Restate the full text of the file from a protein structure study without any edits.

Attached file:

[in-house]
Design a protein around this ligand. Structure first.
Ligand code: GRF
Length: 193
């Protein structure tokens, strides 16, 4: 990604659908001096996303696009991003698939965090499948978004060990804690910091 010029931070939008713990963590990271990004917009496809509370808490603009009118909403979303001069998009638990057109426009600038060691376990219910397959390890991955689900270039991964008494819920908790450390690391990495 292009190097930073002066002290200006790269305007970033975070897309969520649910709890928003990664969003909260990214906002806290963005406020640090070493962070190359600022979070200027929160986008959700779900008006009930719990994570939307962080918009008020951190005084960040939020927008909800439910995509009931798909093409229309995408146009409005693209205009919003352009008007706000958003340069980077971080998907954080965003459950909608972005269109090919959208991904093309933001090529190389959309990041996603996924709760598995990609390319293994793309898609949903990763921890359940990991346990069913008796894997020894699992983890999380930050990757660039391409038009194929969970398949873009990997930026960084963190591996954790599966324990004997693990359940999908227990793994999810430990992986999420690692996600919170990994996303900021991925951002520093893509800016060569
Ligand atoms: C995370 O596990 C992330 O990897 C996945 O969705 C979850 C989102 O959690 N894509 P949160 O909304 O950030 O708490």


[in-house]
Design a protein around this ligand. Structure first.
Ligand code: GRF
Length: 193
């Protein structure tokens, strides 16, 4: 990604659908001096996303696009991003698939965090499948978004060990804690910091 010029931070939008713990963590990271990004917009496809509370808490603009009118909403979303001069998009638990057109426009600038060691376990219910397959390890991955689900270039991964008494819920908790450390690391990495 292009190097930073002066002290200006790269305007970033975070897309969520649910709890928003990664969003909260990214906002806290963005406020640090070493962070190359600022979070200027929160986008959700779900008006009930719990994570939307962080918009008020951190005084960040939020927008909800439910995509009931798909093409229309995408146009409005693209205009919003352009008007706000958003340069980077971080998907954080965003459950909608972005269109090919959208991904093309933001090529190389959309990041996603996924709760598995990609390319293994793309898609949903990763921890359940990991346990069913008796894997020894699992983890999380930050990757660039391409038009194929969970398949873009990997930026960084963190591996954790599966324990004997693990359940999908227990793994999810430990992986999420690692996600919170990994996303900021991925951002520093893509800016060569
Ligand atoms: C995370 O596990 C992330 O990897 C996945 O969705 C979850 C989102 O959690 N894509 P949160 O909304 O950030 O708490």